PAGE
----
Column: Iowa Democrats still searching for a candidate to beat Trump

Pete Buttigieg and supporters in Iowa
Presidential candidate and South Bend, Ind., Mayor Pete Buttigieg with supporters in Des Moines on Friday.
(Nati Harnik / Associated Press)

The Democrats of Iowa flooded noisily into Des Moines on Friday night as part of their unique role in choosing America’s presidential nominees.

Most didn’t get what they wanted.

The 13,000 who filled the local Wolves’ basketball arena, and thousands more who marched in freezing rain outside, were yearning for a replay of the 2007 dinner where an upstart young senator named Barack Obama electrified Iowans and jump-started his presidential campaign.

Pete Buttigieg came close, offering an optimistic call for “hope and belonging.” It was easy to see why he has surged in the polls.


Others were eloquent too, including Sens. Elizabeth Warren, Kamala Harris and a folksy Amy Klobuchar — 13 candidates in all.

But lightning didn’t strike despite each campaign’s efforts to summon it with crowd chants and thunder sticks. Three months before the state’s Feb. 3 caucuses, Iowa’s Democrats aren’t ready to give their hearts away yet.

“Most people are undecided,” Jim Eliason, the party chairman in Buena Vista County, told me as he dined on chicken nuggets. “They haven’t settled down.”

Other voters bear him out.


“I’m undecided between Joe Biden and Pete,” said Denise Weiss, a bridal shop owner from Barnum. “Some of the other Democrats are a little bit too progressive for me.”

“Not sure,” said Isaiah Guest, a security guard in Des Moines. “Maybe Warren. Looking at the others.”

Polls bear it out too. A New York Times/Siena College survey last week found a four-way tie, with Warren, Buttigieg, Bernie Sanders and Biden tightly bunched at the top. And two-thirds of voters said they might change their minds before they caucus in the first major contest of the election season.

Iowa voters glory in this odd pre-primary period and the fact that their state — small, rural and overwhelmingly white — will winnow the field for the bigger contests to follow.


But they’re not sure what they want, beyond a Democrat who can defeat President Trump next November.

Few use the word “electability,” an invention of reporters trying to distill voters’ elusive meditations to a catchphrase.

It seems more accurate to say they’re looking for a moment of illumination that hasn’t happened yet.

“It’s impossible to know who’s electable,” Wendy Ewalt, who is leaning toward Warren, told me. “But who’s got the personality to handle Trump? That’s really important.”


“My vision of this is the debate stage,” said Teresa Hood, a farmer from Clare. “Who’s the best one to get up there and debate Trump? I think it’s Pete — his youth, his vitality, his intelligence.”

“Joe Biden tells the truth. It comes from the heart. That’s why we all love him,” she added. “But I worry about his stamina. I worry about the mistakes.”

Ideology seems less important than attitude. In three days of conversations, I met voters who caucused for Bernie Sanders in 2016 but are now thinking about Warren, Buttigieg or entrepreneur Andrew Yang.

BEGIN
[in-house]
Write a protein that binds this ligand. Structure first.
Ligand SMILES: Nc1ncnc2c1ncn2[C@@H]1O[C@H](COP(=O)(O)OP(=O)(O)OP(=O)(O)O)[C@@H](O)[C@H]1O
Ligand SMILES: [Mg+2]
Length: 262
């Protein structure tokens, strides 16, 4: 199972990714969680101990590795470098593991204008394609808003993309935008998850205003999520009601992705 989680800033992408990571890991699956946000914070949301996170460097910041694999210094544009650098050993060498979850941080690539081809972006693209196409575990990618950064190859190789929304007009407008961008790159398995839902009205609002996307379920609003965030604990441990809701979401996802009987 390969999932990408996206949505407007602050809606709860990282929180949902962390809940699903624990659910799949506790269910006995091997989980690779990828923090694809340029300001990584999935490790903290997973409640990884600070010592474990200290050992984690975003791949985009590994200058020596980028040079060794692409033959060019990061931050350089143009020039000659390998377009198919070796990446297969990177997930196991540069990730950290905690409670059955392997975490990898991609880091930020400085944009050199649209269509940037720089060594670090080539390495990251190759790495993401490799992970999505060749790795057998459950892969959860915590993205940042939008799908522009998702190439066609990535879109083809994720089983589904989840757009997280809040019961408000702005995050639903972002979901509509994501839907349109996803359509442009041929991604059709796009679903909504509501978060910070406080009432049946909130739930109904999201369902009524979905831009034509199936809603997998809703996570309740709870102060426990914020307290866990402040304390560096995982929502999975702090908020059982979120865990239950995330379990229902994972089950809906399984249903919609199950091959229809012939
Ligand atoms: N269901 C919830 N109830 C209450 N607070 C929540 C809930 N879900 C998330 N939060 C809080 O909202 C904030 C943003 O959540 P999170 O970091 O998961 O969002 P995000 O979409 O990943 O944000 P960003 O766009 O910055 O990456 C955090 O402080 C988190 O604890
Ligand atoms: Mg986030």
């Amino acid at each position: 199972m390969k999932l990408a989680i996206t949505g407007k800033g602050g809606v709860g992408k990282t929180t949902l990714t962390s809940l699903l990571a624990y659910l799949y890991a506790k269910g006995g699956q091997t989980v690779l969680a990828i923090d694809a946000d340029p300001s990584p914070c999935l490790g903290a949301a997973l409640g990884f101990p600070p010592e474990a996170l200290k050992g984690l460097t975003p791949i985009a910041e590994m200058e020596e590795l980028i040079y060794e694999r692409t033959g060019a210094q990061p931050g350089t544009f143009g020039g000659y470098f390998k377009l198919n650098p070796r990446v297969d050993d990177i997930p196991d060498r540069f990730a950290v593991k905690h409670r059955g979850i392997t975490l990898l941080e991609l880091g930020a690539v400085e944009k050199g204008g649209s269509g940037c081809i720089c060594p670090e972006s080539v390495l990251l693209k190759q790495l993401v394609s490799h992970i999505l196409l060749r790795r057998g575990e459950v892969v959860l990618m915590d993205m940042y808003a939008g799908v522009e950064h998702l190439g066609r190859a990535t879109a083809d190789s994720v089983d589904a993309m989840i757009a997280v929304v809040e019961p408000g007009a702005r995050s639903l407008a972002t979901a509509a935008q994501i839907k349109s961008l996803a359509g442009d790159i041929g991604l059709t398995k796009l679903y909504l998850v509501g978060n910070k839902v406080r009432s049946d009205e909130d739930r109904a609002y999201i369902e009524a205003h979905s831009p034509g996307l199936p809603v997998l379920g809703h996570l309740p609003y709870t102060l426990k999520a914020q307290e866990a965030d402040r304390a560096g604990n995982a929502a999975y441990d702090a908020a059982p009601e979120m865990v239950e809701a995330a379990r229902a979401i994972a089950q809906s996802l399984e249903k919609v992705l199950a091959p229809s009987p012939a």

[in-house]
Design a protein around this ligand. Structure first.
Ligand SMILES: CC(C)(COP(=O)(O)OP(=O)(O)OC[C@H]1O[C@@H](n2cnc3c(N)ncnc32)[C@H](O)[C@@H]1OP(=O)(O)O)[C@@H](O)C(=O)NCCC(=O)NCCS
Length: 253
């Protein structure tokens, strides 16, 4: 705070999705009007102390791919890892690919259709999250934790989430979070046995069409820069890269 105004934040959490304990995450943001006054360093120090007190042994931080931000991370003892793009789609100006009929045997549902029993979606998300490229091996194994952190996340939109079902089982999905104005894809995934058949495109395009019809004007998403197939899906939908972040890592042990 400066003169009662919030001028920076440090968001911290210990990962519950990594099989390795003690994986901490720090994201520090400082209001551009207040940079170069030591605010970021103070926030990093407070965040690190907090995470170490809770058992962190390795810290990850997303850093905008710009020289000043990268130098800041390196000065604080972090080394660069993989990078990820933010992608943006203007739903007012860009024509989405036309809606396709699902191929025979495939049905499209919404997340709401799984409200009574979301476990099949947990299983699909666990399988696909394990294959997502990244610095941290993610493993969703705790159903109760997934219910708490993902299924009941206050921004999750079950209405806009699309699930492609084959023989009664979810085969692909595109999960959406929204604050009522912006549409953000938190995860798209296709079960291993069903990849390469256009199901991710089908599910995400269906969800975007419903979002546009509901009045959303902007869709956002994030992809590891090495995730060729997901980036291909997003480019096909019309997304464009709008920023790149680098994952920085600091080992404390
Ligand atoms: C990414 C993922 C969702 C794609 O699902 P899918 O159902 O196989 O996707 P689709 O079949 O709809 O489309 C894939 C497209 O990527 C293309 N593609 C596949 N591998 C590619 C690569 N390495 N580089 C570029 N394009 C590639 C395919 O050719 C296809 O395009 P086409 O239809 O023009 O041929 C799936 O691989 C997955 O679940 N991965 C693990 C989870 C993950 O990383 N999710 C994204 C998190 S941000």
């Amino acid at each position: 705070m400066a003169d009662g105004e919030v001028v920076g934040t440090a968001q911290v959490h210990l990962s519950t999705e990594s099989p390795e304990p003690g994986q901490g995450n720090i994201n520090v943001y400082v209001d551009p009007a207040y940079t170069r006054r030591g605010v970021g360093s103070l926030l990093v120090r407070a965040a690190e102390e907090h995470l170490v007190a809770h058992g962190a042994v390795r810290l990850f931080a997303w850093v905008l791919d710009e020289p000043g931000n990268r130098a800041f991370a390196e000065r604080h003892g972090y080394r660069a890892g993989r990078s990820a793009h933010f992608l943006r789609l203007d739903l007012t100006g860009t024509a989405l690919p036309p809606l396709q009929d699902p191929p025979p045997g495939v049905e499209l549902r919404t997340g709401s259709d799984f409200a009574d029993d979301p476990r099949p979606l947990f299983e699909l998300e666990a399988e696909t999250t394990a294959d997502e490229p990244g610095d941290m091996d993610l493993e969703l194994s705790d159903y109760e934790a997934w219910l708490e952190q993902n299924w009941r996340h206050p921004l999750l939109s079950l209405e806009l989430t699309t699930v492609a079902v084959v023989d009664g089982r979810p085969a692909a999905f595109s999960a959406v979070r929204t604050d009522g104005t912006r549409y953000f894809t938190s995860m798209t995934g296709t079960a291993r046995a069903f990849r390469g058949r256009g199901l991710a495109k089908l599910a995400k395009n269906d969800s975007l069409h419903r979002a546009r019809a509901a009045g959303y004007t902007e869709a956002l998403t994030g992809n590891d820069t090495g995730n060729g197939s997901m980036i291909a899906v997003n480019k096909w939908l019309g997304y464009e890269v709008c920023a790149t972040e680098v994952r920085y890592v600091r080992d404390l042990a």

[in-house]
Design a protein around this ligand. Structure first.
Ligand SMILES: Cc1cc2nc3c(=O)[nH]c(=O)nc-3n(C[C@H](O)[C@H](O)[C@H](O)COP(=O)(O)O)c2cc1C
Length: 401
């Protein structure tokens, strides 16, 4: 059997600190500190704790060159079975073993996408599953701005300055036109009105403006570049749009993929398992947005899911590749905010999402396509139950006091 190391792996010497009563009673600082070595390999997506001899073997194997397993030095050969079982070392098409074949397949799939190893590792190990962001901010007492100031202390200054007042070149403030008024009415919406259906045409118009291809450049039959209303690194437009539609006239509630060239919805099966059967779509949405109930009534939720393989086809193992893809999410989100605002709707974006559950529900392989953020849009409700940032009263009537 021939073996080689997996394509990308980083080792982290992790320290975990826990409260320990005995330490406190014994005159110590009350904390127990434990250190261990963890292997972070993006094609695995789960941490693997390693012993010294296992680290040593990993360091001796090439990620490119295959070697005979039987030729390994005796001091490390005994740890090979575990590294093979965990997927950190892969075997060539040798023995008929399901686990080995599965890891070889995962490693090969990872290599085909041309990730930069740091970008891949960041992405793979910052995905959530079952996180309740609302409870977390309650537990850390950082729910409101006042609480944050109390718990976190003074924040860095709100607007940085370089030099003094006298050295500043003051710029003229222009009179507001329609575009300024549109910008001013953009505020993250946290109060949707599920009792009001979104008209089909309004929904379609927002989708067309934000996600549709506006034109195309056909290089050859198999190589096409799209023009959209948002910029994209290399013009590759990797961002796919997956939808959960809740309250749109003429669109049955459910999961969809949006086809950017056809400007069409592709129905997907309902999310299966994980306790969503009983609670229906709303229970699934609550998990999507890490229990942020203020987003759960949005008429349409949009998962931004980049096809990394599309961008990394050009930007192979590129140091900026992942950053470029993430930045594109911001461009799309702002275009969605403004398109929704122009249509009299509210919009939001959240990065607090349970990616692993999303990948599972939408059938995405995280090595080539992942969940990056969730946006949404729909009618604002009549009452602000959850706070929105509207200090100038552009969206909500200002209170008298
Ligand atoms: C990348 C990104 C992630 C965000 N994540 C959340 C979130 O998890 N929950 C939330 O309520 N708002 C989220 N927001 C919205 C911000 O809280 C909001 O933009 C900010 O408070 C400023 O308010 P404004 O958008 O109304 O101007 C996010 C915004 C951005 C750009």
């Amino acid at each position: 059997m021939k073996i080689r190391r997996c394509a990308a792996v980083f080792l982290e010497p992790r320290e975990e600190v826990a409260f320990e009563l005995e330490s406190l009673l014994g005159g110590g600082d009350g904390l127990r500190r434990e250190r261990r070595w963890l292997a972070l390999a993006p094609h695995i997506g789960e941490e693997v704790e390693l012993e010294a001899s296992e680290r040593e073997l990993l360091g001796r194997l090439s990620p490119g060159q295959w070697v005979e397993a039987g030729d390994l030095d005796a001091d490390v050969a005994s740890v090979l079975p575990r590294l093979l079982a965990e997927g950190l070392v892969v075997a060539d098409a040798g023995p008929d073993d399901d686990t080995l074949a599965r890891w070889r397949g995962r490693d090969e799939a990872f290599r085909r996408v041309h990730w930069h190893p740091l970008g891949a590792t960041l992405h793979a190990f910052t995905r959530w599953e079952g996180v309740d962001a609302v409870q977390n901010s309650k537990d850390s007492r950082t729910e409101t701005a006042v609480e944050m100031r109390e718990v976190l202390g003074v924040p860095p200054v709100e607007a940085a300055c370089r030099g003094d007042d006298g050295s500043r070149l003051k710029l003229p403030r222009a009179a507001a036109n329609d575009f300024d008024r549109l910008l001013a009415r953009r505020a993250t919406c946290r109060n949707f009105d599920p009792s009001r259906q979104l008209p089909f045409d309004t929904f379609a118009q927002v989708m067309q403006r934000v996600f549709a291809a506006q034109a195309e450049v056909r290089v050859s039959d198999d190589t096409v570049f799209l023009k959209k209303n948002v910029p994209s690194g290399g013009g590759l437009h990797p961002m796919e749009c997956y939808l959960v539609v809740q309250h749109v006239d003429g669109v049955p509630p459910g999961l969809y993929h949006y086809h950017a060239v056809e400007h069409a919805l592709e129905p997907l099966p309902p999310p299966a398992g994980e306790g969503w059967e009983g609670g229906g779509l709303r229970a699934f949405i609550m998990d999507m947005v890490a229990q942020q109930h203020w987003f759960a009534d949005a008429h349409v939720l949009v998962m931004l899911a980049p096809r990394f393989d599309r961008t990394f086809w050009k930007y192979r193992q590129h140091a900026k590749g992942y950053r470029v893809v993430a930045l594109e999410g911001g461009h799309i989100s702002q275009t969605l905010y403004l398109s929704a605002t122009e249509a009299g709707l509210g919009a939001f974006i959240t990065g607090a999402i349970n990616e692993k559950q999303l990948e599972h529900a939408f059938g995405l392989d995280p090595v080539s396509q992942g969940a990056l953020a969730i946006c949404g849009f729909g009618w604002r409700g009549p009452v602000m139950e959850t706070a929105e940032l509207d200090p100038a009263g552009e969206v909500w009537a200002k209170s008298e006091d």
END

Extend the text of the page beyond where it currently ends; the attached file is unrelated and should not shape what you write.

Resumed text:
Iowa voters are demanding. They want to meet, or at least see, every candidate at least once.


They like to be courted. They relish being undecided.

And they are changeable; they have to be. If a candidate doesn’t reach 15% in a caucus, he or she is eliminated, and voters have half an hour to pick someone else. As a result, most are already thinking about potential second and third choices.

That’s why so many candidates stay in the race if they can raise enough money and voter enthusiasm. Maybe someone will still catch fire.

One of the front runners might falter, as Biden apparently is doing. “The Zombie Campaign,” New York Magazine called his effort last week, unkindly but accurately.


That’s why Harris, whose campaign has flatlined elsewhere, has moved to Des Moines almost full-time. That’s why Klobuchar, a fluent Midwestern-speaker from neighboring Minnesota, is banking on Iowa to activate her moribund bid.

Anything can happen; that part of the caucus mythology is largely true.

Three months before the 2008 Democratic caucuses, Obama was in third place, behind Hillary Clinton and John Edwards. Obama won and proved unstoppable.

It wasn’t unusual. Since 1972, the Democratic winner in Iowa has won the party’s nomination in seven out of nine contested races.


So they marched, Iowa’s Democrats, in Friday’s freezing rain. They filed into their basketball arena for five marathon hours of speeches — not only by the candidates, including some who won’t be long remembered, but also their state party chairman, members of Congress, even the state auditor as he asked for contributions.

They ate Iowa pork chops and drank Iowa beer. They bragged that this was the largest gathering of Democrats anywhere until the party’s national convention in Milwaukee next July.

And if lightning didn’t strike, no matter. There are still three months of town halls and fish fries to hear candidates speak, then a cold February evening when Iowans will trudge through snow and ice to caucus with their neighbors at schools and firehouses.

“We love our caucuses,” retired truck driver Patrick Mitchell told me fervently as he stood with his daughter outside the arena in the rain. His vote would matter, he said, and that would make it all worthwhile.